That love, where wounds are held and ladders are held and we build the Temple together. This is the place where loss and grief become forces of gratitude.
This for me is the true effect of what the Temple offers. David’s near death experience and Crowe’s spirit around us these months is something we all feel strongly. Take a deep breath right now and feel into this moment. Things happen for a reason.
The COVID-19 pandemic had not arrived yet. It was still someone else’s problem not ours. Now it is our problem and we are sheltering in-place. There is anxiety and fear and there is calm and inspiration. That paradox may hold some of our biggest lessons. I write this now to remind us that we are all connected in this. We are the silver lining.
I call David back, no answer. I don’t leave a message. David can design and build the most profound temporary structures on the planet, but I’m not sure he knows how to retrieve messages or send texts.
David calls back an hour later, apologizes that they were eating and he was getting ready to watch a movie with Maggie.
“How are you Dave?” David asks me. I tell him about my back and we talk about his health, Henry, Crowe and how much we love the Temple Crew family.
“You know there probably will be no burning man this year,” he says as a non-sequitur.
“Wait,” I respond, “Is this something you’ve heard or something you’re feeling?”
“No nothing official, but the way things are going I can’t imagine how it could happen. I hope it does. When this is all over we are going to need some temples in the world! I have this idea where we get all the artists who have made temples, those artists and architects that know how to do it.”
David is talking fast, he is inspired. I’m listening, holding the phone like it is a conduit to some distant universe transmitting secret code for saving civilization.
“We get them all together, Sin and Lightening, Jack, Greg Fleishman, Steve, Marisha, Dan, Dave and Marrilee, Jazz and Geordie. They have the experience, they know how to build Temples all over the world.”
“Jazz and Geordie?” I ask incredulous. Geordie threw him against a wall and Jazz represented a temple attitude that David found incongruous with some of the temple foundations.
“Yes, they both have learned things about themselves through building their temples. We’ve all learned things. Forgiveness is important!”
“Global! Temples!” I say.
“Yes the world is going to need temples,” David says and then thoughtfully adds, “They won’t burn anymore, we can’t burn them. We’ll build them out of materials that can decompose and turn them into gardens, community farms, parks for children and families.”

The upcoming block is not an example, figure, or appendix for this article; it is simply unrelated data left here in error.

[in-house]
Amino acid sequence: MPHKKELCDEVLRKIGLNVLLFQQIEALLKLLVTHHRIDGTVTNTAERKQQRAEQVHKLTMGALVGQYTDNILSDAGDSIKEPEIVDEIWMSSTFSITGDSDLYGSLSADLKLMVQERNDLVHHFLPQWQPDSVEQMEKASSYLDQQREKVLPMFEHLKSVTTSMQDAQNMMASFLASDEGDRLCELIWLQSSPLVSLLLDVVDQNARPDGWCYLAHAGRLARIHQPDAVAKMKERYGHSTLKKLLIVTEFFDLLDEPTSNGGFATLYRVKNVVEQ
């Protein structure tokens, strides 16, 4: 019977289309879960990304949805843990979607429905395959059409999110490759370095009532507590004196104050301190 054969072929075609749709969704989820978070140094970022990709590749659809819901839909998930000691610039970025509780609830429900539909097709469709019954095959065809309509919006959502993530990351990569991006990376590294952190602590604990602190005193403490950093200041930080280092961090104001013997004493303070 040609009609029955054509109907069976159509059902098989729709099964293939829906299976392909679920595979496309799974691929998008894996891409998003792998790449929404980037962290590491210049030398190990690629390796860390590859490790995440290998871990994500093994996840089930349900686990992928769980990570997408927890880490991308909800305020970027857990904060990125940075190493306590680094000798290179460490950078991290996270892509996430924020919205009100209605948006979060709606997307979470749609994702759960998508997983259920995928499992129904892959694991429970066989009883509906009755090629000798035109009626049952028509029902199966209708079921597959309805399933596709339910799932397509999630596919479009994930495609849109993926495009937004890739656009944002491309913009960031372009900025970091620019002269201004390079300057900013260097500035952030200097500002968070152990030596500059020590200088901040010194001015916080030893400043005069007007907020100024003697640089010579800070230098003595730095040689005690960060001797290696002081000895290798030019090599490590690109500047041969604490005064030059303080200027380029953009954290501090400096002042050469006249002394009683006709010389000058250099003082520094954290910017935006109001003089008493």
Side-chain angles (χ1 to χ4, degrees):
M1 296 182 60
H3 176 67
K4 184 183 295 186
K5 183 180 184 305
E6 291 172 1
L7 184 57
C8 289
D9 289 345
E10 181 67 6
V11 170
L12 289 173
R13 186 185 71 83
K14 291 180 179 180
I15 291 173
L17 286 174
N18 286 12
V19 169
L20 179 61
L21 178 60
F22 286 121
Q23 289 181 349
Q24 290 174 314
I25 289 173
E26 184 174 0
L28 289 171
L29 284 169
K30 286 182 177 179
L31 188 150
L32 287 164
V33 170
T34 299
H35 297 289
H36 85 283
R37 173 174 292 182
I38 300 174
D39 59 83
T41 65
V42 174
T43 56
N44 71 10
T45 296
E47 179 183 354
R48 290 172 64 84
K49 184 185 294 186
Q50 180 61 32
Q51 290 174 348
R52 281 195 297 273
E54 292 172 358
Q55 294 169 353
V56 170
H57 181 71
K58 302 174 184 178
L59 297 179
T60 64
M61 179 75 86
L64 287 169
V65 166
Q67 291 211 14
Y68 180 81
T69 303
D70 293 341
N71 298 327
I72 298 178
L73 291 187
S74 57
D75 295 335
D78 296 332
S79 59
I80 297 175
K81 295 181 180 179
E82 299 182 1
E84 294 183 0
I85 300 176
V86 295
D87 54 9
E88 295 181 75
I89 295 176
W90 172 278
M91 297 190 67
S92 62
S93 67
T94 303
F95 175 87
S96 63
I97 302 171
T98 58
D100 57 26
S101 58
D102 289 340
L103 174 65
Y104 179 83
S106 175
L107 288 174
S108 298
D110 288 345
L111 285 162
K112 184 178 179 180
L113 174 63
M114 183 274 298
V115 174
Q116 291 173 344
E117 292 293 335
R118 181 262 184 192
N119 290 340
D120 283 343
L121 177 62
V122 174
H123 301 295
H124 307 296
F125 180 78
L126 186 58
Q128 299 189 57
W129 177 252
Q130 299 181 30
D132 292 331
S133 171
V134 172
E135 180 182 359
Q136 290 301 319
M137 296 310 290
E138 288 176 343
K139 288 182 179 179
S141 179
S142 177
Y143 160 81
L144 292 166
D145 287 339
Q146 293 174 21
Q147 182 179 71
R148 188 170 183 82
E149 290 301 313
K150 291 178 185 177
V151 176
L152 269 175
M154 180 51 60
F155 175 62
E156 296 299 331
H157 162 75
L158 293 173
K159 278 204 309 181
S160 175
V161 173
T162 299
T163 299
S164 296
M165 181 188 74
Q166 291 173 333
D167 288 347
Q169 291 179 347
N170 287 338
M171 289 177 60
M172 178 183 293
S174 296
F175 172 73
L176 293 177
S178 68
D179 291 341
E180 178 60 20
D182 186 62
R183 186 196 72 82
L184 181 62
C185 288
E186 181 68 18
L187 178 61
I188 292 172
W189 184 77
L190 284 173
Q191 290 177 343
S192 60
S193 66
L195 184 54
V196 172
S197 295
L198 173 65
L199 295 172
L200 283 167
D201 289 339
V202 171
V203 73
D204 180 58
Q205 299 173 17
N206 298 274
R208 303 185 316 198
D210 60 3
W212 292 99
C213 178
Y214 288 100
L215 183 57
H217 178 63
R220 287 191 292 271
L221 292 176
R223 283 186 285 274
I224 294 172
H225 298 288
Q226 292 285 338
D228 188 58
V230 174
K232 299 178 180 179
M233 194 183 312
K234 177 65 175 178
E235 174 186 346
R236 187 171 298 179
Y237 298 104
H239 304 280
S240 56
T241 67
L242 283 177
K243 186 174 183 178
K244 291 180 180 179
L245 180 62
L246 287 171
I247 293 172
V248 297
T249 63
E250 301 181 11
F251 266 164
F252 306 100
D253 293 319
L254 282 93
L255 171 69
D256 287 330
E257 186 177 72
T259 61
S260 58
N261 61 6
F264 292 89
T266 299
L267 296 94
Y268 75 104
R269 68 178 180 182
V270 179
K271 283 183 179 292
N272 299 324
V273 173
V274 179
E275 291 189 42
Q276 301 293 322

I’m having a hard time keeping up. Not burning temples? I’m thinking of compacted earth with seeds, wood-like materials made out of fungus, biological concrete that grows plants out of it. I start to babble something about how amazing this all sounds. I can’t put together a coherent sentence so David politely interrupts.
“Hey, Maggie is waiting for me to watch the movie with her. I should get going. Let’s talk some more later.”
“I’ll write something and send it to you,” I say.
When we built the temple In Coral Springs/Parkland Florida I was sitting across the table from David. A woman who I had been working with, Eden, sat down next to him. When we were working together an ambulance drove by with siren and Eden paused in what she was doing. I watched her freeze and turn pale and grow silent and distant. After the ambulance passed she explained to me.
“I still have PTSD from that day. I hear an ambulance now, I still drop everything. There were so many ambulances that day. I still hear them.”
Now in front of me Eden sits next to David. David gives her his full attention. She leans in.
“I have to say this is the first time in a year that I have smiled. I swear my mouth muscles are cramping I’m so happy. I seriously forgot what it is like to feel this.”
That temple did not burn. I remember standing there against the crowd control railing with Greg, Valerie, Stewart, Crimson, and Steve BH. We all felt so offended, so disappointed. But the people of the town and my friend Mitch who was one of the 17 parents, did not feel disappointment. The fire department made the choice to protect the town.
Everyone I spoke with was still touched deeply by the temple
The story of the fire goes deep in our DNA that says fire is part of release and closure. Sparks twirling upwards have a mythology of angels ascending towards heaven.
The Temple is profound in the process of transforming loss and grief, with fire or without fire, the lessons of love and gratitude are no less.
I turn 65 this year. I make gardens for a living. It is astounding to me that after adding living earth, flowering trees, pollinator perennials, and bubbling water elements, how immediately these beloved animals, birds, butterflies, and insect appear.
Life force is strong. The planet’s natural rotation is towards recovery.
Let your imaginations run open and wild. There is so much to do. There is so much to invent, so much to organize and design.
Temple Crew family, we are about love and building things to offer.
My back is still aching and I have tons of anxiety, my stomach is in a knot and I can’t tell if I’m sick or healthy. But I know there are silver linings within all of this and I know we will be a significant part of one of them.